A rich portrait of a master of the American short story.
The life of Raymond Carver (1938–1988) hews closely to a heroic arc: a hardscrabble childhood, a noble struggle for success, a fall from grace and ultimate redemption. But Sklenicka wisely avoids hagiography, sticking to the facts while astutely connecting real-life details to Carver’s stories and poems. Born in Oregon, Carver began his writing career in earnest in the early 1960s at Chico State University under the tutelage of novelist John Gardner, earning publications in small literary magazines. He traveled often during his early years with his first wife, Maryann, and two children, as he scrounged for whatever academic appointments might enable him to write his ironic, pointed stories about working-class lives. By the early ’70s those stories caught the attention of Esquire fiction editor Gordon Lish, but Carver’s finances were in a shambles—he would declare bankruptcy twice in his lifetime—and his alcoholism had deepened. Sklenicka captures many heartbreaking moments from that period—never more harrowing than when he smashed a wine bottle against Maryann’s head, nearly killing her. Carver stopped drinking in 1977, and in his final years he wrote many of the stories that his towering reputation is now built on. The “Good Ray” that replaced the “Bad Ray” of the alcoholic years was a gentle man who too often acceded to the demands of people like Lish, who invented much of Carver’s “minimalist” reputation by aggressively editing and rewriting his stories. In his final years, though, he earned enough clout and confidence to be nobody’s pushover. Sklenicka spoke with nearly everyone in Carver’s orbit, making the book a kind of history of American fiction in the ’70s and ’80s, capturing the crucial writers (Richard Ford, Tobias Wolff, John Cheever) and sea changes in the publishing industry that made Carver such a powerful influence on writers today.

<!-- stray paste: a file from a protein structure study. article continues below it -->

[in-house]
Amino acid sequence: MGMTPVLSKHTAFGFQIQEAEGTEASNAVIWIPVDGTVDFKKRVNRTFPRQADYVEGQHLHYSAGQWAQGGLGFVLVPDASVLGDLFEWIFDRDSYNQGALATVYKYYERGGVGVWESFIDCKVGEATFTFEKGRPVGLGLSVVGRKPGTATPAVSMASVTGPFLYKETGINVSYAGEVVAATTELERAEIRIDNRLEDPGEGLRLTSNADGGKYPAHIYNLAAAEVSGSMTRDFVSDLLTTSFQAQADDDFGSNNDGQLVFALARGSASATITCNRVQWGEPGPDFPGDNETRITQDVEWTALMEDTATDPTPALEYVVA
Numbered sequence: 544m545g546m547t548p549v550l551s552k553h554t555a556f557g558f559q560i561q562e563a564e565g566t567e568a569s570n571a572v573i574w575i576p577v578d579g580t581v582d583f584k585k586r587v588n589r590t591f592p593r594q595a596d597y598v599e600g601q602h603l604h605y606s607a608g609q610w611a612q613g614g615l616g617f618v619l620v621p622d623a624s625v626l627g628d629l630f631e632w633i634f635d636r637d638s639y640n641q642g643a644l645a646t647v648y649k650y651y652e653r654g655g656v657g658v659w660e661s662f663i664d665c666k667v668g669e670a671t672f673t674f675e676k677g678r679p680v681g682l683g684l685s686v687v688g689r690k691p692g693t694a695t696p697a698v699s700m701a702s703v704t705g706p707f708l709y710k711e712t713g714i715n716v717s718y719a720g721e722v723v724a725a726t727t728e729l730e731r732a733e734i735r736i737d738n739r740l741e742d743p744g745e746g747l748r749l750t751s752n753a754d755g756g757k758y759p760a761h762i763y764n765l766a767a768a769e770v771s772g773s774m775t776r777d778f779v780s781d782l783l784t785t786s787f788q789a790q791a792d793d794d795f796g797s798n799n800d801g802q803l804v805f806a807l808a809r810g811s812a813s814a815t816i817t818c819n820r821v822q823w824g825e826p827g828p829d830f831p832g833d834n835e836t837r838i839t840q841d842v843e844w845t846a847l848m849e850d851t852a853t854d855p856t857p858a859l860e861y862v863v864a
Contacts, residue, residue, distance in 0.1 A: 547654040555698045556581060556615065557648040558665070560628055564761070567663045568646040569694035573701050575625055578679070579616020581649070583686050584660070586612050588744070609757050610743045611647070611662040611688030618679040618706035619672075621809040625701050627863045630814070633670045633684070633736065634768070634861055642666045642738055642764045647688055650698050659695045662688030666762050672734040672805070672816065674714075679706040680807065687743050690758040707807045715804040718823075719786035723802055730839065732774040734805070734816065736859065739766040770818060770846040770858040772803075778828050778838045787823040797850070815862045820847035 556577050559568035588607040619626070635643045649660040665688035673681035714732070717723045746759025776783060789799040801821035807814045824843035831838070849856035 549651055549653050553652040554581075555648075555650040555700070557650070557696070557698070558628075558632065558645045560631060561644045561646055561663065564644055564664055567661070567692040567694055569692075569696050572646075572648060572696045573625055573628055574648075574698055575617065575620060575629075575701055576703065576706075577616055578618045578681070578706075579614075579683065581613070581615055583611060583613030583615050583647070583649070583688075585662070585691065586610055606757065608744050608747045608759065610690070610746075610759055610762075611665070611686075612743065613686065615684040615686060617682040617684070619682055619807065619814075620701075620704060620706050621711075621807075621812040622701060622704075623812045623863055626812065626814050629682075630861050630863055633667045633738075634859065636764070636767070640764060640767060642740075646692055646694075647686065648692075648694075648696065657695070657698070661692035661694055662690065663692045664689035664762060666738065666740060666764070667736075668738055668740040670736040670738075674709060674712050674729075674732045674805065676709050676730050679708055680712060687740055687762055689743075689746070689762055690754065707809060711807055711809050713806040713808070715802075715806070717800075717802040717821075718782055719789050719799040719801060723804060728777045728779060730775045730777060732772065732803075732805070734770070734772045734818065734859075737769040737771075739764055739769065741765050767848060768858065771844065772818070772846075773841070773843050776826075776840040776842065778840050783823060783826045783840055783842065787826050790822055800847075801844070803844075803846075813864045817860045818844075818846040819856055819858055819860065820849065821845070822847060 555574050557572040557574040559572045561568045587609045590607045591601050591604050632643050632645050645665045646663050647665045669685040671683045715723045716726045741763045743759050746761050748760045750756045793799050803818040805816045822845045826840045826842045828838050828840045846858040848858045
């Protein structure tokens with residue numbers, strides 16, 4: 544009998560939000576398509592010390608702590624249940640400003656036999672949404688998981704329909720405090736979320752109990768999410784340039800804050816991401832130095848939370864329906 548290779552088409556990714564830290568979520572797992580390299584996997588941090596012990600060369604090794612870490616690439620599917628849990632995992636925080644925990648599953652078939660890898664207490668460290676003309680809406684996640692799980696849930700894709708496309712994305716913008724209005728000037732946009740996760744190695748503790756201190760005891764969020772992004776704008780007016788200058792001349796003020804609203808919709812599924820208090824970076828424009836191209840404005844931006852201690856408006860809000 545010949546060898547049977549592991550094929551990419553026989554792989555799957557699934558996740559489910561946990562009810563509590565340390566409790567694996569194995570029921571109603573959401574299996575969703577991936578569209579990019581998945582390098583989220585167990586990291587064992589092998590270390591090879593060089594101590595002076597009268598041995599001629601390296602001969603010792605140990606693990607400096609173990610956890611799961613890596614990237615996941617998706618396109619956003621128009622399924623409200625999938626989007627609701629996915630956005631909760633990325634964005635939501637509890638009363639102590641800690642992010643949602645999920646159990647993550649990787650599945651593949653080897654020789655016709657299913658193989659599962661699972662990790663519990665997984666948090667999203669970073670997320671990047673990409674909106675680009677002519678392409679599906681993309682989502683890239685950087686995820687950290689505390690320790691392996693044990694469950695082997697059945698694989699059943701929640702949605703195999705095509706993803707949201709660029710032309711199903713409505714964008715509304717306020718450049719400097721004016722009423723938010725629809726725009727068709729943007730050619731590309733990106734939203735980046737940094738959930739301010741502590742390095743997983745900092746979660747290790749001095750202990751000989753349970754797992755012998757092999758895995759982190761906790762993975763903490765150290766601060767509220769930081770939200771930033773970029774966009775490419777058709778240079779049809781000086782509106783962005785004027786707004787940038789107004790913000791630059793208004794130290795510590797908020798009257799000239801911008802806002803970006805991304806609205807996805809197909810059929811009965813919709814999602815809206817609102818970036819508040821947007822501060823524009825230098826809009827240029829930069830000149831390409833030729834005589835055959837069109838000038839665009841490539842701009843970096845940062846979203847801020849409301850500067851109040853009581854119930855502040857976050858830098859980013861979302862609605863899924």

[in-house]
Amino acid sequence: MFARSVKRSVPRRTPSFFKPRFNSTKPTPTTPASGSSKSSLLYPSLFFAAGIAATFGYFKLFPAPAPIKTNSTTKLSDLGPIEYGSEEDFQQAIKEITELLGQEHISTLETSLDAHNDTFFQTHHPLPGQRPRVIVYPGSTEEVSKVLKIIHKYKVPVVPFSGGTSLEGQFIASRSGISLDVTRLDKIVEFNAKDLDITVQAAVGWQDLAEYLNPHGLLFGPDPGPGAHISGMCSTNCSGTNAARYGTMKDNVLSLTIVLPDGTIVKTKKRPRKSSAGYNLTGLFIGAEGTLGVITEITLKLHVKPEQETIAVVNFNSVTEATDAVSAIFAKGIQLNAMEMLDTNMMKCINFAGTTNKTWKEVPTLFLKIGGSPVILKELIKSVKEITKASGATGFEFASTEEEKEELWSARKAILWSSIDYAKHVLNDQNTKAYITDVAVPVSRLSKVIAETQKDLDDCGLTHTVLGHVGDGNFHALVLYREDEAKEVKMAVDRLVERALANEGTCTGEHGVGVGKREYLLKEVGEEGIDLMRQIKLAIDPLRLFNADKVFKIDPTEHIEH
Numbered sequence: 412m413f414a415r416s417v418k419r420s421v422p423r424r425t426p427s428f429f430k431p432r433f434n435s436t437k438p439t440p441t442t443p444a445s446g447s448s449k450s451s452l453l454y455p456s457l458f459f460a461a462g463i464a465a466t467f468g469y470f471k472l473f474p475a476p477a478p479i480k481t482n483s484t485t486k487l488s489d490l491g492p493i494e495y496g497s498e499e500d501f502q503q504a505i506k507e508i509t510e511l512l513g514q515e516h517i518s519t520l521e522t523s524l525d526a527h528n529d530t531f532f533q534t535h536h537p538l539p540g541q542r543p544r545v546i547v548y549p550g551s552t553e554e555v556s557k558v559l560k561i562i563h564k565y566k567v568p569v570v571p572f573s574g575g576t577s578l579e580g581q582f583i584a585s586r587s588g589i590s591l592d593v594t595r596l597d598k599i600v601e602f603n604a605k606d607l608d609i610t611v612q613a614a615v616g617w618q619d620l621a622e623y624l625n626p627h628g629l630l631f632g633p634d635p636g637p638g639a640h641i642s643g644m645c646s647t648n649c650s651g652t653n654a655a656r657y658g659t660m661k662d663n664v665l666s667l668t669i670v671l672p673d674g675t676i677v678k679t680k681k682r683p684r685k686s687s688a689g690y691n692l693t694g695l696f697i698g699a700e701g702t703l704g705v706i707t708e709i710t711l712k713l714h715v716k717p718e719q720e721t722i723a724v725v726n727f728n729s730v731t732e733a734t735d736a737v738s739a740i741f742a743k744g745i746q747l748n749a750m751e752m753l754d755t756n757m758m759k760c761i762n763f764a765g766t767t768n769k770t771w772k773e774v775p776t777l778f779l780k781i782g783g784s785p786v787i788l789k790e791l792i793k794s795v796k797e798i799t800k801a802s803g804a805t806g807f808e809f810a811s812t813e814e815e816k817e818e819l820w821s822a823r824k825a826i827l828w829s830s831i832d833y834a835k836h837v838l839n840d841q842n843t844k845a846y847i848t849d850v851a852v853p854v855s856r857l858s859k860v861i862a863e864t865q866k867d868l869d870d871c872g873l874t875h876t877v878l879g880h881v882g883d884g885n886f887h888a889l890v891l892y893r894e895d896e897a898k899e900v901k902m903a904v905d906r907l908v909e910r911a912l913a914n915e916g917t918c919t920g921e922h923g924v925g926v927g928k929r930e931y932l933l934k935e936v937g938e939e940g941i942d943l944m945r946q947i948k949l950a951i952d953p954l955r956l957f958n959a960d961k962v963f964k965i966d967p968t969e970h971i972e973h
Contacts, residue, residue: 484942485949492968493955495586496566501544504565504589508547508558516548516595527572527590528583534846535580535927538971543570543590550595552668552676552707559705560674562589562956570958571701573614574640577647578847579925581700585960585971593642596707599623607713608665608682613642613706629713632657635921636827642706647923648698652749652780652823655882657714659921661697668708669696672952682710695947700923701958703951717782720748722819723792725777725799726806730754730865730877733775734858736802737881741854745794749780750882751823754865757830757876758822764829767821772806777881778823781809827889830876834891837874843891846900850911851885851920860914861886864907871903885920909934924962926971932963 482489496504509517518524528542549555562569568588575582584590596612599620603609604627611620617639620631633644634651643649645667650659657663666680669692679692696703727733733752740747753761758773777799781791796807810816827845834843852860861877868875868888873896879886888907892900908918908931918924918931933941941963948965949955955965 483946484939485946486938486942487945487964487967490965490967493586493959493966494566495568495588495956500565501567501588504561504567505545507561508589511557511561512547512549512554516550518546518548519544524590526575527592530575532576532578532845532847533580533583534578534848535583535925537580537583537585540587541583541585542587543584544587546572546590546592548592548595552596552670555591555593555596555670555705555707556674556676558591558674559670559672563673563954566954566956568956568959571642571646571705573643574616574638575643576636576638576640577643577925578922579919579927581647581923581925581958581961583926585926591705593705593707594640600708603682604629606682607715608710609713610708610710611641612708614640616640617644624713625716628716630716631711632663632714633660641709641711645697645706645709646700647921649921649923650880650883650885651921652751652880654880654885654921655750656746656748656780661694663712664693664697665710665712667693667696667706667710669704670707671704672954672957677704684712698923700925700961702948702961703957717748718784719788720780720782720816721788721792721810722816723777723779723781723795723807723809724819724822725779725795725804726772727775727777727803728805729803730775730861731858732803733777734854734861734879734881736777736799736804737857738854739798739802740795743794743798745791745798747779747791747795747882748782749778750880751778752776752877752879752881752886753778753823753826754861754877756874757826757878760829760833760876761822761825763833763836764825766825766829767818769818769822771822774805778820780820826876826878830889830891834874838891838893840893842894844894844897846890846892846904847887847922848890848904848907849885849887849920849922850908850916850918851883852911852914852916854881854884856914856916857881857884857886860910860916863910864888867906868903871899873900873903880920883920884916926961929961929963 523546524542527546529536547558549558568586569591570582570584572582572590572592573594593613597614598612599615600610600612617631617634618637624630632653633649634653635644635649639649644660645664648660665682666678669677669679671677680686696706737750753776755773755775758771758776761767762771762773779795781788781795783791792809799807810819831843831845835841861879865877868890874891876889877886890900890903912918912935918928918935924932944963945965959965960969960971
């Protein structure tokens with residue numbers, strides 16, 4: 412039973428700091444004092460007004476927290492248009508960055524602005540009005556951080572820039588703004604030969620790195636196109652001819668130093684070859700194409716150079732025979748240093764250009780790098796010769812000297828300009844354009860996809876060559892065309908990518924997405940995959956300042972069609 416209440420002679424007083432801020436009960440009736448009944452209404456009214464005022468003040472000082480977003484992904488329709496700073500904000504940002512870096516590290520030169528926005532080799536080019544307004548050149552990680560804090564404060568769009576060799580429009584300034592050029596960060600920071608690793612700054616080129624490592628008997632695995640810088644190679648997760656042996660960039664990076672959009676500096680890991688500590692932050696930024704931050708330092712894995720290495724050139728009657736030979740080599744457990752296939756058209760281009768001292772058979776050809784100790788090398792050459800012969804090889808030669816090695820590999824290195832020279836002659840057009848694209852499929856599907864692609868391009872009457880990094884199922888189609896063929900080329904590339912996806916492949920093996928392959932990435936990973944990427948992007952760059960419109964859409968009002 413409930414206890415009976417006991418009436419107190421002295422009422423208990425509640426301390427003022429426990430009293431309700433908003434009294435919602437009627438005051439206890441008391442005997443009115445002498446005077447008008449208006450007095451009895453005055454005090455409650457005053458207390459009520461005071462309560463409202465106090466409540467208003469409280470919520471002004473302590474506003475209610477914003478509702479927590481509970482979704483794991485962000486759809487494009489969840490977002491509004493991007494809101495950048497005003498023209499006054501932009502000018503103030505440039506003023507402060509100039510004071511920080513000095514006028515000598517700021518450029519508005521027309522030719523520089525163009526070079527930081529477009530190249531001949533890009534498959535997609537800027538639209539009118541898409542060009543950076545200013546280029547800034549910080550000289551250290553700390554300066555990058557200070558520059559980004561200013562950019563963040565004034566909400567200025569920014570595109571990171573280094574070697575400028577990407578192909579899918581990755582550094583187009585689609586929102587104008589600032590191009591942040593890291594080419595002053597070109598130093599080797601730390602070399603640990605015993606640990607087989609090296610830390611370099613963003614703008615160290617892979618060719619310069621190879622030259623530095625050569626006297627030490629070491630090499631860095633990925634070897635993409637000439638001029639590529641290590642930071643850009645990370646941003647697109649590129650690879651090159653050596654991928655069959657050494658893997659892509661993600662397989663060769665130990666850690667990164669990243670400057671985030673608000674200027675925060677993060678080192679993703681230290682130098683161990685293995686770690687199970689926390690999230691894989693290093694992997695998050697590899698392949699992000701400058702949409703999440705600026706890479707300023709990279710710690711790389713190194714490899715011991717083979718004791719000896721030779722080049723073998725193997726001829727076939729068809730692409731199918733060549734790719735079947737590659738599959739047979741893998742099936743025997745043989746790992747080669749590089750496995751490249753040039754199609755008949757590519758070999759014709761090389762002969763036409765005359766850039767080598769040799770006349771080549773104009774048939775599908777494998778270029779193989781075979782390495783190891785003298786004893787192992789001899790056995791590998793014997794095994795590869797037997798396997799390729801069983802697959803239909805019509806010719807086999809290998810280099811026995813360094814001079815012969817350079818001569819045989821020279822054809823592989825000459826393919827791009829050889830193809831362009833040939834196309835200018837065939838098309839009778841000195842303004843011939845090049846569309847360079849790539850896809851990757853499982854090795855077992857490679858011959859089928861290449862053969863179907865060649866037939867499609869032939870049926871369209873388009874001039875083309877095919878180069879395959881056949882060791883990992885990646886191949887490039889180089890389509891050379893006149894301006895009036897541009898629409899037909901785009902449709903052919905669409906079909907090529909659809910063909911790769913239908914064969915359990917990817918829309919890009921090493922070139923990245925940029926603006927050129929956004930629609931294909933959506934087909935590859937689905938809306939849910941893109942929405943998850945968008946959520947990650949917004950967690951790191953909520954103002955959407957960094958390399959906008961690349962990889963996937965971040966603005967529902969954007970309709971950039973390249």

The epic biography that Carver deserves.